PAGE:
Ancient Chinese tomb dating back 2,500 years uncovered to shed light on obscure kingdom

The little-known Luhun kingdom existed between 638BC to 525BC

Matt Payton
Sunday 06 December 2015 13:21 GMT
The tomb of a Luhun nobleman and his family also contained the skeletons of 13 horses and six chariots
The tomb of a Luhun nobleman and his family also contained the skeletons of 13 horses and six chariots

Chinese archaeologists have uncovered a 2,500-year-old- tomb thought to contain the skeletons of an ancient royal family.

The tomb in Luoyang city, Henan province, is believed to originate from the relatively-unknown Luhun Kingdom, which only lasted 113 years between 638BC and 525BC, according People’s Daily Online.

Thought to be the tomb of a Luhun nobleman or royal - copper belts and ceremonial pots were discovered along with a nearby burial pit complete with chariots and whole horse skeletons.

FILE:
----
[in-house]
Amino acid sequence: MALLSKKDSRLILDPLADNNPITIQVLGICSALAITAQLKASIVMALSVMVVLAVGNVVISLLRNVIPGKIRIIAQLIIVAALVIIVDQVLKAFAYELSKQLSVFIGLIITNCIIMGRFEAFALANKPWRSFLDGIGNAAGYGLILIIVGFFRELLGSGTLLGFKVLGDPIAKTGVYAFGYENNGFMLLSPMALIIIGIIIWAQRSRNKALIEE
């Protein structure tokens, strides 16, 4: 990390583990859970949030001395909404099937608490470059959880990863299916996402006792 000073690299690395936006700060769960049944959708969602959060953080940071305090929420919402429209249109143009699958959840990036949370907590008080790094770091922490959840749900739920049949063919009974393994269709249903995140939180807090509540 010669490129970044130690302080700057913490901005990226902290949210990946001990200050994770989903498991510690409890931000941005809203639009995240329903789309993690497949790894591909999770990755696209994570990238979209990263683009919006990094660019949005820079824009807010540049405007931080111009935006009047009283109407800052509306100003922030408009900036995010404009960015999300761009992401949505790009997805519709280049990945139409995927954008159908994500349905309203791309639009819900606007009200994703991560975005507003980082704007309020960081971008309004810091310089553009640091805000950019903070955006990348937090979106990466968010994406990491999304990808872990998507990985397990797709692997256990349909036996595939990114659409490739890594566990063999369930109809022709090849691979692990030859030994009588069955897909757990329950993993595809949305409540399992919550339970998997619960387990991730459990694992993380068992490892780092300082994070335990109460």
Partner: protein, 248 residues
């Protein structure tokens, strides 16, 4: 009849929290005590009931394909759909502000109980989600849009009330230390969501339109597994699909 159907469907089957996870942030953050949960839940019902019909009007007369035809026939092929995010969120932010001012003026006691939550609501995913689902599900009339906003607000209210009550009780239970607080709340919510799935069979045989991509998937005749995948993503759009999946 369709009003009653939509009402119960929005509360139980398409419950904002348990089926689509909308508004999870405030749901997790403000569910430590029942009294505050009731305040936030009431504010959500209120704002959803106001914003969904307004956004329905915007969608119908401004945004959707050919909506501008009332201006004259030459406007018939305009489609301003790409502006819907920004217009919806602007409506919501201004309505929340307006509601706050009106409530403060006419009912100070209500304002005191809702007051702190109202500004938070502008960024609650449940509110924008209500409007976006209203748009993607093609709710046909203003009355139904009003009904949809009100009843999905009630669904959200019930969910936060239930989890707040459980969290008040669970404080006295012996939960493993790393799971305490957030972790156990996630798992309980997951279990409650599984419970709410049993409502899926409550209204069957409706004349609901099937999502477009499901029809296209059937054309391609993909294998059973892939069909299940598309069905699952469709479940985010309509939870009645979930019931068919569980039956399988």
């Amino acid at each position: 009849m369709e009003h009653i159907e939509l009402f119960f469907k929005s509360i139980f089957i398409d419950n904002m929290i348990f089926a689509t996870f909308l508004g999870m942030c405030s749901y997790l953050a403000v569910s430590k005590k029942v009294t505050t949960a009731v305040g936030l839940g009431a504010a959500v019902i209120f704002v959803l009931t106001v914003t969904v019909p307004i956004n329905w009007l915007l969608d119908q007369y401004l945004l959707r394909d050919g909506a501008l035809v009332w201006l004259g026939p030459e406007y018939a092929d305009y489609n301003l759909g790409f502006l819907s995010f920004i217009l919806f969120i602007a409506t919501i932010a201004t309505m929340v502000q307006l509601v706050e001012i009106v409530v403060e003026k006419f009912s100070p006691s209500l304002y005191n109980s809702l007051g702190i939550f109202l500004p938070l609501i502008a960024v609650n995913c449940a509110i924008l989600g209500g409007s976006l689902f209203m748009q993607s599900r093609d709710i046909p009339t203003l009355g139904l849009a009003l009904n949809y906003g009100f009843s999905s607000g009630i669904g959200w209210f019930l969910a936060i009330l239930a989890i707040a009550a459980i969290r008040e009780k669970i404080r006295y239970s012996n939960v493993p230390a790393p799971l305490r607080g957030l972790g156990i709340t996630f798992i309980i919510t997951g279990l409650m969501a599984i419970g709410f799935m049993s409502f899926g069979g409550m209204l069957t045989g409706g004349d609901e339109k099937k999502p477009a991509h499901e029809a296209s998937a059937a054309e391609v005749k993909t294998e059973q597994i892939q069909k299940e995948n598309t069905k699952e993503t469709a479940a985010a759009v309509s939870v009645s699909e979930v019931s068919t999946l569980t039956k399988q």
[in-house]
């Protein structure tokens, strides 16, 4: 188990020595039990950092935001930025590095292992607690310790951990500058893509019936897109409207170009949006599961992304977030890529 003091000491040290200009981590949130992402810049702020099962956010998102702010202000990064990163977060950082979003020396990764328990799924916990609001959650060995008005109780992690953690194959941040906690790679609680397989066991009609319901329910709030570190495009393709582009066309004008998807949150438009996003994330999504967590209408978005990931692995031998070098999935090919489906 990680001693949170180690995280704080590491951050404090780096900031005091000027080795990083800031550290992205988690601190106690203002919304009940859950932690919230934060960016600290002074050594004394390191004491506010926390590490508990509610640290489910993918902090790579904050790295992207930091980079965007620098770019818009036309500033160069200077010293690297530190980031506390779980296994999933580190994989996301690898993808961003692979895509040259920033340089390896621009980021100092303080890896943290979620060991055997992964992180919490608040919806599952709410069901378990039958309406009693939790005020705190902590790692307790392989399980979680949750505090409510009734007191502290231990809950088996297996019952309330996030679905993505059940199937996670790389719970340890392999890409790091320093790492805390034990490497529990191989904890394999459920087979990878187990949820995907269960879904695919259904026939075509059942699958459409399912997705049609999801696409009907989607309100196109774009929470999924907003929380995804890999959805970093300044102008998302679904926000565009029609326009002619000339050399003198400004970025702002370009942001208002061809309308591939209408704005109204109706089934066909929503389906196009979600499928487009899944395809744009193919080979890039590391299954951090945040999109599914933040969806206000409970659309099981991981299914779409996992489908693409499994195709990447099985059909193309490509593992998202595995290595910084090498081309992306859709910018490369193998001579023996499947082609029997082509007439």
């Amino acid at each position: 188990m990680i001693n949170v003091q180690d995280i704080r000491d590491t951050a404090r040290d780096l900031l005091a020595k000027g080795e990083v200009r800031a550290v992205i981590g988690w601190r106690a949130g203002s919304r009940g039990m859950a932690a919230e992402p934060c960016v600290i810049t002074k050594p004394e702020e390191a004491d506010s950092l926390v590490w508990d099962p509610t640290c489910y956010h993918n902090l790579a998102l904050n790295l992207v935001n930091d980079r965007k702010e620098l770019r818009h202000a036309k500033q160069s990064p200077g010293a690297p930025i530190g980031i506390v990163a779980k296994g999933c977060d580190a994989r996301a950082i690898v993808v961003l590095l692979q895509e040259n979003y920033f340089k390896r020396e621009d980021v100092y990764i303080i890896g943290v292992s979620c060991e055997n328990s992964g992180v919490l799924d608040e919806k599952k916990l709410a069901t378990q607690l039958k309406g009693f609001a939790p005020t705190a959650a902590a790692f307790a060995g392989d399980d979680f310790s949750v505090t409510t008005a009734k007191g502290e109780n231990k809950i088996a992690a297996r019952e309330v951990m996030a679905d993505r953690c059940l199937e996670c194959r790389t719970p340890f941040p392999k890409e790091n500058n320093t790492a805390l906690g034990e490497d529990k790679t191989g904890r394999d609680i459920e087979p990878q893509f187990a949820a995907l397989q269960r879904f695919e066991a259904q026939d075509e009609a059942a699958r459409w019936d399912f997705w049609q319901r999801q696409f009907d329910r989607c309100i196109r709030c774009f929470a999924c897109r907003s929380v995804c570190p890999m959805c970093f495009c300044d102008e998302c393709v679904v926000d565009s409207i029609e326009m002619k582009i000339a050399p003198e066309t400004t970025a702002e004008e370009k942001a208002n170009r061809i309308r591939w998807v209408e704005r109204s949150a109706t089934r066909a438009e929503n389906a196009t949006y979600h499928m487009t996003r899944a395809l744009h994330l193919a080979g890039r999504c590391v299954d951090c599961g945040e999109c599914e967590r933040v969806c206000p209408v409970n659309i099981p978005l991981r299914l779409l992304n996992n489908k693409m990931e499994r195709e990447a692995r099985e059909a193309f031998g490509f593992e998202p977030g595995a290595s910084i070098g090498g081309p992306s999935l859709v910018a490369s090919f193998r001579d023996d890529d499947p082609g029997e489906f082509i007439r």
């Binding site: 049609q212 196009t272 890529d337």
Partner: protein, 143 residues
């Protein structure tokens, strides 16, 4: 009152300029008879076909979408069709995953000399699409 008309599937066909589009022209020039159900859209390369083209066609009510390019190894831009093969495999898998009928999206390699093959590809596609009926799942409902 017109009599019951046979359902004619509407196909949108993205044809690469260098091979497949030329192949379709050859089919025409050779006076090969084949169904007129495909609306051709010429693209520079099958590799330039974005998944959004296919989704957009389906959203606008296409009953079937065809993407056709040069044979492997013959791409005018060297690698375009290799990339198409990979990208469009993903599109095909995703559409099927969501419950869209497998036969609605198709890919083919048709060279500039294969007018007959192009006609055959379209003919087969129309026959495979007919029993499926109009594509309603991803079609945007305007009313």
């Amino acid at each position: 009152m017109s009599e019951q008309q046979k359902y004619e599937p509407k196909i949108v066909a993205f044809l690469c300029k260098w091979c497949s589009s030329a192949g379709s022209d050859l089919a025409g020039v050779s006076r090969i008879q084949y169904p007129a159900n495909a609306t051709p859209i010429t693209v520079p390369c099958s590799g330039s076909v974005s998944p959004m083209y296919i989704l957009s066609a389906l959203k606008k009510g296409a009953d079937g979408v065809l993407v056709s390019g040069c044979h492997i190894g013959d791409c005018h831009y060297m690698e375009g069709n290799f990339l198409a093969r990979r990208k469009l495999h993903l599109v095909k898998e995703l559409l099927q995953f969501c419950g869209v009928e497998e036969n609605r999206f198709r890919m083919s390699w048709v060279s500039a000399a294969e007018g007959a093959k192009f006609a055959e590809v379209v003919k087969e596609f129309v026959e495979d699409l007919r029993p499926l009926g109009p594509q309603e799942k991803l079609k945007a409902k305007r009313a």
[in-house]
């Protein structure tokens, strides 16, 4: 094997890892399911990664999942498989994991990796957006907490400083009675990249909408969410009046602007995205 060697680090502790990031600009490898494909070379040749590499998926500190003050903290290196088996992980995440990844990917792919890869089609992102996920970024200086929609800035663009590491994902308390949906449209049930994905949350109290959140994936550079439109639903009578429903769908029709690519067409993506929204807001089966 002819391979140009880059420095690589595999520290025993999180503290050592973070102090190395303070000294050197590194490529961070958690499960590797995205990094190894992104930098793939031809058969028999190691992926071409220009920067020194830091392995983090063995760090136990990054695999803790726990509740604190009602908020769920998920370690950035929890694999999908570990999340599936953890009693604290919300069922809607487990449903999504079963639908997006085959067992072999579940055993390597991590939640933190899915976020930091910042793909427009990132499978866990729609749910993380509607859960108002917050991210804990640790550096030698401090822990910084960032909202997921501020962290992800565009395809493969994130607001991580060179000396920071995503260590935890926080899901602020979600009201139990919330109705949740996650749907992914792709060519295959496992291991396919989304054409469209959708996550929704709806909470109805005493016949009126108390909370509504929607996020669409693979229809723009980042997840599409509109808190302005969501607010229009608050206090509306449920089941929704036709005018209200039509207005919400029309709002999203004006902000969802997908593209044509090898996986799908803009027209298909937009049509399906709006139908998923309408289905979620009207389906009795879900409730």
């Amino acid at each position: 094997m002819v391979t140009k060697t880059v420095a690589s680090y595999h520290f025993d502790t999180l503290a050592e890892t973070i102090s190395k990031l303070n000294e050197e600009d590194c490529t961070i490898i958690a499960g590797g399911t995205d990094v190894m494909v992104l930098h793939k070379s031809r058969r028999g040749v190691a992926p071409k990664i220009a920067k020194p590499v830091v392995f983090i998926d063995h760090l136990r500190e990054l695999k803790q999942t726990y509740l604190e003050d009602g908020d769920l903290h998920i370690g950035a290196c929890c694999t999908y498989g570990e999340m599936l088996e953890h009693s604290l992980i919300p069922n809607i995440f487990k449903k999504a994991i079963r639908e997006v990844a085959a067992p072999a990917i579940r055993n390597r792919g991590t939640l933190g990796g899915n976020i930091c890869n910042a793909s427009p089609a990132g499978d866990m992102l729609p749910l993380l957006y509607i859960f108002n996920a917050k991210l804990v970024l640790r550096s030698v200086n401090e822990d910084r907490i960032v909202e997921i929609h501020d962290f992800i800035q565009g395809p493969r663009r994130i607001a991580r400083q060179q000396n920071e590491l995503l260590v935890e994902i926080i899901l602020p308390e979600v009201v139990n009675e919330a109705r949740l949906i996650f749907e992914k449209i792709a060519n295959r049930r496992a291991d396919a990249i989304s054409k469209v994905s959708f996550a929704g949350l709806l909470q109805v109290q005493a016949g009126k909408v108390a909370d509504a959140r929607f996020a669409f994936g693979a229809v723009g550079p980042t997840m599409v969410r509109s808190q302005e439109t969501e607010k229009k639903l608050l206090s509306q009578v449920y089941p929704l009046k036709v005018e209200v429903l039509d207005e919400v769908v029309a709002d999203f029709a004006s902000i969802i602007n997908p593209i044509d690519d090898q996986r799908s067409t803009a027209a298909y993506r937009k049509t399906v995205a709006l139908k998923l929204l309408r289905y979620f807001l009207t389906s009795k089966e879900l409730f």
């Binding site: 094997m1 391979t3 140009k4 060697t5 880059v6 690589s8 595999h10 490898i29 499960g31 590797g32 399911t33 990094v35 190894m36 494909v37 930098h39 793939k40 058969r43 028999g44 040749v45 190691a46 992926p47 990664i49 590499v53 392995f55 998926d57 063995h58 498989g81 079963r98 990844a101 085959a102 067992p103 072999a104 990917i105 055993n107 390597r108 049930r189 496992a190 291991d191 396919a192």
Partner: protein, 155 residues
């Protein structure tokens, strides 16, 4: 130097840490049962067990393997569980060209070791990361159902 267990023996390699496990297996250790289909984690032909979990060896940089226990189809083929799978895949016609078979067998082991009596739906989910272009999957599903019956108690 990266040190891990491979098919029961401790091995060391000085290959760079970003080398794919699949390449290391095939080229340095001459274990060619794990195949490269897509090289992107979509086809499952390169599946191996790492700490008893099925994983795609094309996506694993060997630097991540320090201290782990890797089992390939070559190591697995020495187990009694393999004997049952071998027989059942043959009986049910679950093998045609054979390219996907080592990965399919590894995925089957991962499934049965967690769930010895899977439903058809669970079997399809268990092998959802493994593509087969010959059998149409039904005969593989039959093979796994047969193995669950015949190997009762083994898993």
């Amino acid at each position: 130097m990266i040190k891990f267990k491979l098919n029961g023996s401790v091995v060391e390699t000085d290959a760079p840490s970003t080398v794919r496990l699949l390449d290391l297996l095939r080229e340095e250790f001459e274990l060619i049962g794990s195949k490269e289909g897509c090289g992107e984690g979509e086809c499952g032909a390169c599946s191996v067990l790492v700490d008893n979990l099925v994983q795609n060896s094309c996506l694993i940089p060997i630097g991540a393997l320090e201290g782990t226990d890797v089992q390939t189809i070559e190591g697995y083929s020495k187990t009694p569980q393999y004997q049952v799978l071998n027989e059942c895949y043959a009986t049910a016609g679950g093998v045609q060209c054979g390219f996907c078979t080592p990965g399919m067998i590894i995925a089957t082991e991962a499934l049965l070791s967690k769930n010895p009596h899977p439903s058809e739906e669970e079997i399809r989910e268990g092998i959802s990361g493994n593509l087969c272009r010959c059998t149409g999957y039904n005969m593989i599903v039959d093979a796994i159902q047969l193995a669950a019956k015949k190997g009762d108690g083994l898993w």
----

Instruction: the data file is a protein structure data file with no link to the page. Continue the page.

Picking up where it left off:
The excavation began in 2009 after a spate of grave robbing in the area, which hosts around 200 different ancient tombs, South China Morning Post reports.

Due to the tomb’s size, which is at 21 feet long, 17 feet wide and 28 feet deep, experts believe it to be the resting place of a royal family who wielded little political power.

The tomb had suffered from damage caused by water and grave robbers, but the interior coffin was protected by plaster and a coffin board.

The horse burial pit contained the skeletons of 13 horses and six chariots. The horses had been carefully arranged on their sides, with decorations placed on their carcasses.

It is hoped the tomb will help historians gain a better understanding of the movements of the migratory Rong people, an ethnic minority which made up the population of the short-lived Luhan kingdom.

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